Connectivity

The input ports on the back make Edifier R1850DBs compatible with almost any type of audio device. The speakers feature dual stereo RCA inputs (PC and AUX), optical audio input, and coaxial audio input. The Bluetooth connectivity expands the unit’s compatibility to a range of portable devices like smartphones, tablets, and laptops.

R1850DB back panel

The input ports and control knobs are found on the active speaker’s back panel.

Also located on the backside of the active speaker are the subwoofer out port and the port for connecting the second speaker unit via the included cable. The speaker connecting cable is 5m long (16ft), which should be plenty enough for almost any type of setup.

The Sound

Edifier is a company known for manufacturing speakers which sound better than their price would suggest. The R1850DB speakers don’t disappoint in that regard. Out of the box, the sound profile is somewhere between a bookshelf speaker and a monitor, with slightly boosted highs and lows. The mid frequencies are crisp and detailed. According to the specs, the speakers have a frequency range of 60Hz-20kHz which is extendable by adding a subwoofer. We only used the speakers as a stereo pair without a subwoofer unit.

The overall balance can be fine-tuned using the 2-band tone control on the back of the active speaker. With a bit of patience and effort, the sound can be balanced enough to make the R1850DBs suitable for handling music production and mixing. Paired with a decent pair of studio headphones, the Edifier R1850DB speakers are a reliable entry-level monitoring solution for a budget music production studio.

R1850DB front

Edifier R1850DB with the front grille removed.

As for the output level, these speakers can get seriously loud. What’s somewhat surprising considering the price is that they don’t distort even at higher output volumes. The sound quality remains undistorted and smooth, although the balance will shift towards the upper end of the frequency spectrum. For music production and mixing, it is recommended to use lower volumes.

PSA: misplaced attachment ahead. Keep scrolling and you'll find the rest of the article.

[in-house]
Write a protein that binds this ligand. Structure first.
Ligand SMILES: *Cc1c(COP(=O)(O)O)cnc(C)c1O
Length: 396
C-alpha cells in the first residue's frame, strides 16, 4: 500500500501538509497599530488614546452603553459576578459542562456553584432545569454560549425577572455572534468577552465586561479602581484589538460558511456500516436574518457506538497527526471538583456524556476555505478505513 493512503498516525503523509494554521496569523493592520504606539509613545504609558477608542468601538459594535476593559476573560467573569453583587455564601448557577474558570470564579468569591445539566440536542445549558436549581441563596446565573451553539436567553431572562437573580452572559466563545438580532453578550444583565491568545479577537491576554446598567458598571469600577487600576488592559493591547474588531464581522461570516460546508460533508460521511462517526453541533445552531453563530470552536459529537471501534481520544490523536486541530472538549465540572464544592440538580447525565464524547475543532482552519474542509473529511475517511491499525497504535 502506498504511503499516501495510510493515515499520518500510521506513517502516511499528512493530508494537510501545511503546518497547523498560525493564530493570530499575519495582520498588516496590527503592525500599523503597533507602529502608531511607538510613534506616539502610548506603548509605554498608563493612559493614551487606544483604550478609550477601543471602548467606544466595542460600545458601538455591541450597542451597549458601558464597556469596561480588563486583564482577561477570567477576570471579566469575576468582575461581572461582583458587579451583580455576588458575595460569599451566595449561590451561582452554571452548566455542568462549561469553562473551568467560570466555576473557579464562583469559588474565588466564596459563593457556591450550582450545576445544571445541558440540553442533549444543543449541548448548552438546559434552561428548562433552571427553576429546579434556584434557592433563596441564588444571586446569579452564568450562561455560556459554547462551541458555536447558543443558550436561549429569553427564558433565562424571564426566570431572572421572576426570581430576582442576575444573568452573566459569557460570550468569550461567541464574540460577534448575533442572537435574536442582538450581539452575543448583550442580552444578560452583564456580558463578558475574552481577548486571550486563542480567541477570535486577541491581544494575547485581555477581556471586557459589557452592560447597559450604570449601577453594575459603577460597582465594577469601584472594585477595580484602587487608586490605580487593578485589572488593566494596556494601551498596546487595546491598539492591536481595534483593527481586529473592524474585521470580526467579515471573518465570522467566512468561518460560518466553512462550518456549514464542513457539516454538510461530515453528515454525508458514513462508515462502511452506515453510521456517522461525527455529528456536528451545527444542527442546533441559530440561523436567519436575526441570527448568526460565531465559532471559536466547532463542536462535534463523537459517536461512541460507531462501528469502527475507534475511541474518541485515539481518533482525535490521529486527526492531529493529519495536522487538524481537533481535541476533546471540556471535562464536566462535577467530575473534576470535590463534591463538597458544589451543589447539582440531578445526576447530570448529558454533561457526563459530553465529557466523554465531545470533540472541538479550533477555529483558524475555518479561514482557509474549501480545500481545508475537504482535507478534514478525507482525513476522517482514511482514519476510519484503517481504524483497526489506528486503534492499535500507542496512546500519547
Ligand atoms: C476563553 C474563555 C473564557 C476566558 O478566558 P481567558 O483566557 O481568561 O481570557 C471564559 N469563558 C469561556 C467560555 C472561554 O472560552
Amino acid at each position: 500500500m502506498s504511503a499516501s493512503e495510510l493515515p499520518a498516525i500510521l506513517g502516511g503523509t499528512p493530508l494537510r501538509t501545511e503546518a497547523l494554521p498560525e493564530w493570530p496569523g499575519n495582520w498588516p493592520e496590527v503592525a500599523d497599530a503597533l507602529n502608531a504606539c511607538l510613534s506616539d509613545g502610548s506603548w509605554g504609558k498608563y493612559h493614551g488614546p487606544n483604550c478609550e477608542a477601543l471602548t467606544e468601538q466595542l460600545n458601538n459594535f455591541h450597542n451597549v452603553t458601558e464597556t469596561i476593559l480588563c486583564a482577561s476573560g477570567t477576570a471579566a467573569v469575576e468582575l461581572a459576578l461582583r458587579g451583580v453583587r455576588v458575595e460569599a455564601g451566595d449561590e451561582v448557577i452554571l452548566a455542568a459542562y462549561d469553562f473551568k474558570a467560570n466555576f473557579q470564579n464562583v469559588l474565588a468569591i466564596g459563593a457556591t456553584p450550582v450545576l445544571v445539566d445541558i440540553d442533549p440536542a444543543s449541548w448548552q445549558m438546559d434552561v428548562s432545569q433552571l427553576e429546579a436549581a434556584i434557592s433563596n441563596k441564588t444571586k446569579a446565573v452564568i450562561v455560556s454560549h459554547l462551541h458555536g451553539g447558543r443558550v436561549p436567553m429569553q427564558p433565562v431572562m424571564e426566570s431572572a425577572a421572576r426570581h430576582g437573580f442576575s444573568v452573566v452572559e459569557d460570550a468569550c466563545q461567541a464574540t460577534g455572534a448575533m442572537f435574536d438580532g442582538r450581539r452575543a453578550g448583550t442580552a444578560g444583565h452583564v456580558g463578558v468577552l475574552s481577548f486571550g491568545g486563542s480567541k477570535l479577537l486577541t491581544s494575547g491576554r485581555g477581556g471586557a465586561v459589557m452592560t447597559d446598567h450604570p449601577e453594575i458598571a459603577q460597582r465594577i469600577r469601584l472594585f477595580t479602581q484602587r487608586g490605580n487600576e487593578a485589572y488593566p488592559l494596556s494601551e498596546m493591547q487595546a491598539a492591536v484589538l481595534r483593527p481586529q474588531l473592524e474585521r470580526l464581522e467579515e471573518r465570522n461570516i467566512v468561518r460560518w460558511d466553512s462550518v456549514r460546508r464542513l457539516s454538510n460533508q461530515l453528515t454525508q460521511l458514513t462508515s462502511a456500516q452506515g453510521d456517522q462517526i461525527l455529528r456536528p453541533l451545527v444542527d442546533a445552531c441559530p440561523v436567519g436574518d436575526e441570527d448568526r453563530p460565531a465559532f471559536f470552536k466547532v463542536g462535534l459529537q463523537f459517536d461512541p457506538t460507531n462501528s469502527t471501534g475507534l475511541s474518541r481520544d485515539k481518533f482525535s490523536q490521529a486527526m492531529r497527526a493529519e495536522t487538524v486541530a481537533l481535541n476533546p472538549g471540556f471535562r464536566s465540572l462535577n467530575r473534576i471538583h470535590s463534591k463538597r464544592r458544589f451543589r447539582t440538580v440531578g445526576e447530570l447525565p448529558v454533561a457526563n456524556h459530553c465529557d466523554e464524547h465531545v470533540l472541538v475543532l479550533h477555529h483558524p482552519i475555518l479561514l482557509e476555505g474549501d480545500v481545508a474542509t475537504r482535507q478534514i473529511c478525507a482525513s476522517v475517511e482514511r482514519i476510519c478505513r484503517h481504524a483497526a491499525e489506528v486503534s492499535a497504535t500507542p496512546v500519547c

Being that we’ve already reviewed R1850DB’s younger sibling, the R1800BT, we suggest taking a closer look at that article for a more in-depth analysis of the unit’s sound.

Conclusion

Priced at $199, Edifier R1850DB is a seriously good deal. If you need a pair of budget speakers for producing music, these are worth looking into. They deliver surprisingly detailed sound for the price and the frequency balance can be tuned to fit any type of room. Of course, professional mixing is out of the question without a proper monitoring solution. But for composing music, beat making, recording and editing audio, or handling any similar audio-related task, we can only recommend the R1850DBs as a great budget solution.

More info: Edifier R1850DB (official website)

Edifier R1850DB Review

93%
93%
Brilliant

We can recommend the R1850DBs as a great budget solution for composing music, beat making, recording and editing audio, or handling any similar audio-related task.

  • Build Quality
    9
  • Design
    9
  • Sound Quality
    9
  • Pricing
    10
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About Author

Tomislav is a content creator and sound designer from Belgrade, Serbia. He is also the founder and editor-in-chief here at Bedroom Producers Blog.